Dozens of UNC-Chapel Hill faculty have signed an open letter urging the university to reverse course and offer only remote classes this spring. The university's top spokesperson says the reopening plans could be subject to change until early January.
The letter calls for the university to cancel most in-person classes this spring and to allow only students with special circumstances to remain living on campus, as has been the case for much of the fall semester.
Administrators are planning for about 3,500 students to return to campus housing in January, after widespread COVID-19 outbreaks on campus forced most students to move to remote learning and head home just weeks after they arrived in August. In a typical year, about 9,000 students live on campus.
Hussman School of Journalism Professor Daniel Kreiss signed the faculty letter, after declining to sign a similar petition last summer.
"I was very inclined to give the university's administration the benefit of the doubt heading into fall, and I did," Kreiss said. "However, we were also assured in advance of fall that, to quote the provost, 'We were in a good place,' and it clearly turned out that wasn't the case."
After more than a thousand students tested positive for the virus in August, UNC-Chapel Hill convened a campus and community advisory committee to give input on the university's COVID-19 response.
In a September meeting, UNC-Chapel Hill epidemiologist Dr. Audrey Pettifor advised the committee that "for any reopening plan to be successful" viral load in the community would need to be low.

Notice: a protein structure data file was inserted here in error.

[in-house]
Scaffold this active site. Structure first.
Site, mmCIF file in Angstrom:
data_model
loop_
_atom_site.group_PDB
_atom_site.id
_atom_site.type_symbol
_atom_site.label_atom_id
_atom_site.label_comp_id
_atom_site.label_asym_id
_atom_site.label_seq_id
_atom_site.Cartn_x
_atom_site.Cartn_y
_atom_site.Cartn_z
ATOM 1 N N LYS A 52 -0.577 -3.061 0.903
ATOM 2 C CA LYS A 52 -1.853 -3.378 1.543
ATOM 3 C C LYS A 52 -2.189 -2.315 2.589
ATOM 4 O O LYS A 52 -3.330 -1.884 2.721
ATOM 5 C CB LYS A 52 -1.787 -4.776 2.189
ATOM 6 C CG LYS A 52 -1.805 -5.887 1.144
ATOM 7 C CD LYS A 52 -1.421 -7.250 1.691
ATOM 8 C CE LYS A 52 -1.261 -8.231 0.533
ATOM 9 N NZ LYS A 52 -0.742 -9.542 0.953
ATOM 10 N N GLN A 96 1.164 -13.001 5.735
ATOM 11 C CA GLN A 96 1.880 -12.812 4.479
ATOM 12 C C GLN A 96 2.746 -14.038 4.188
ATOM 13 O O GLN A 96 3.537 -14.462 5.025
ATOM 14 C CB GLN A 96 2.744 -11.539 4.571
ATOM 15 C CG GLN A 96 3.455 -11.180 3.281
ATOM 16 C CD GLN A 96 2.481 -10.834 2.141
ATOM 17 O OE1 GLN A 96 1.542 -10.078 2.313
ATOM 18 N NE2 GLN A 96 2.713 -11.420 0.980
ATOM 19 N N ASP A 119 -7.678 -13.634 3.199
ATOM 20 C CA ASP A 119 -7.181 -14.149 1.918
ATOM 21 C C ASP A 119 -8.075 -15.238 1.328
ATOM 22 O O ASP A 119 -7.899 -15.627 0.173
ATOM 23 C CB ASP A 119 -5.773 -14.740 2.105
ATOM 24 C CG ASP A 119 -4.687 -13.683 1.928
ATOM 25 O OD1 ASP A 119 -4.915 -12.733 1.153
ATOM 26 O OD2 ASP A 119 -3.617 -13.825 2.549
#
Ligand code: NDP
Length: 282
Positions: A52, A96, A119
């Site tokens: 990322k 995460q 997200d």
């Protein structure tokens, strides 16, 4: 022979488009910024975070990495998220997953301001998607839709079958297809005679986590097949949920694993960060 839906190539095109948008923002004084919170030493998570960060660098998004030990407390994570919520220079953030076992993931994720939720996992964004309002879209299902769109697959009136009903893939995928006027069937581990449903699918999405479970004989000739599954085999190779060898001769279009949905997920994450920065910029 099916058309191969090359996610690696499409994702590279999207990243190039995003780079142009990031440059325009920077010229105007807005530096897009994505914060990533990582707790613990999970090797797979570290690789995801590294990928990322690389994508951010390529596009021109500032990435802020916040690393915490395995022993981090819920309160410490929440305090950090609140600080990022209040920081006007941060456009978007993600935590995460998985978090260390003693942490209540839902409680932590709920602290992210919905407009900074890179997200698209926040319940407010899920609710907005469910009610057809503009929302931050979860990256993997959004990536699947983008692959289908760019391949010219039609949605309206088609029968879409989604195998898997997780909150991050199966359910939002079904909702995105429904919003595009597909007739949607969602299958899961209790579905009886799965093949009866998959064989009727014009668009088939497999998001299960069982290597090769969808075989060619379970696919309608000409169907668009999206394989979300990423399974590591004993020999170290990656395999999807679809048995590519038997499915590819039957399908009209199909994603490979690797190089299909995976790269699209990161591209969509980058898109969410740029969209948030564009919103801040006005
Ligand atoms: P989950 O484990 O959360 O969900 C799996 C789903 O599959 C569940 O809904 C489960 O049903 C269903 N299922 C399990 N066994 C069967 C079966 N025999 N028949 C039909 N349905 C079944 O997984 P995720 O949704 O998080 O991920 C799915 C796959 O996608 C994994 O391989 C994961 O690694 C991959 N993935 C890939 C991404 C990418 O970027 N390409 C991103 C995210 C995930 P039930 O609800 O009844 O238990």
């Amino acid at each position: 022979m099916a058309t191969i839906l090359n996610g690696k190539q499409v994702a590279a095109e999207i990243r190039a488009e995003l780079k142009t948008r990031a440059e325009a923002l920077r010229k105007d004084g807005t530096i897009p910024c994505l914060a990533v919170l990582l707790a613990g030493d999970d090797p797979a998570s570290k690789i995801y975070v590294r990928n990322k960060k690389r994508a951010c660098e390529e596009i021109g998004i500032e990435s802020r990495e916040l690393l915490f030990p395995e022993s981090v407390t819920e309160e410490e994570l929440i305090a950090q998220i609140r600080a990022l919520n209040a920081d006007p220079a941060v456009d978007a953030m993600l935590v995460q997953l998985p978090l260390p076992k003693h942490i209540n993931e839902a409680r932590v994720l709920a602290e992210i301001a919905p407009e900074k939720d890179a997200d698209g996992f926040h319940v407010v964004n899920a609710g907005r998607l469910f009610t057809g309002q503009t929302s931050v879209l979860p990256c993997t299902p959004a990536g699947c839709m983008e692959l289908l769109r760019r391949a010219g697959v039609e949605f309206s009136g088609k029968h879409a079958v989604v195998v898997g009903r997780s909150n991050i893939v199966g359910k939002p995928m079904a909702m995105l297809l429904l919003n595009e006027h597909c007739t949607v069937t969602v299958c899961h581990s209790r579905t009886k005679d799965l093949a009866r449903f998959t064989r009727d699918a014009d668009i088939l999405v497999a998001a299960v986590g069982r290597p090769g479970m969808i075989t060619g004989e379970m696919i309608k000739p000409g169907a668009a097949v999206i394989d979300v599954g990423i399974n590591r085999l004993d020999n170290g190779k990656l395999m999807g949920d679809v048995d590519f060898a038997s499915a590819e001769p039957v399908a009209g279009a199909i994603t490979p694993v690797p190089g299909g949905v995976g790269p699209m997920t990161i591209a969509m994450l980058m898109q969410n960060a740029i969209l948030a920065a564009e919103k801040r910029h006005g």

Kreiss said that advice prompted him to sign the letter calling for a reconsideration of spring plans, given that statewide COVID-19 cases and hospitalizations are near all-time highs.
"It just seems to me that conditions on the ground have now dramatically changed from where we were, in frankly even September, and the plan has not been updated accordingly," Kreiss said.
In an email, UNC-Chapel Hill Vice Chancellor of Communications Joel Curran responded to the faculty letter by pointing to new precautions the university is taking, including mandatory entry and surveillance testing. Fewer students will be allowed to live in dorms than in August and the university is increasing its number of quarantine rooms. About 80 percent of spring classes will be offered online.
Curran said the university is watching statewide trends and any adjustments to its spring plans could be made no later than Jan. 9. That's 10 days before classes start and shortly before residential students are expected to move in.
Clarification: This story has been updated to clarify that UNC Chapel Hill is expecting to house 3,500 students in residential dorms this spring semester, which represents less than 40 percent capacity.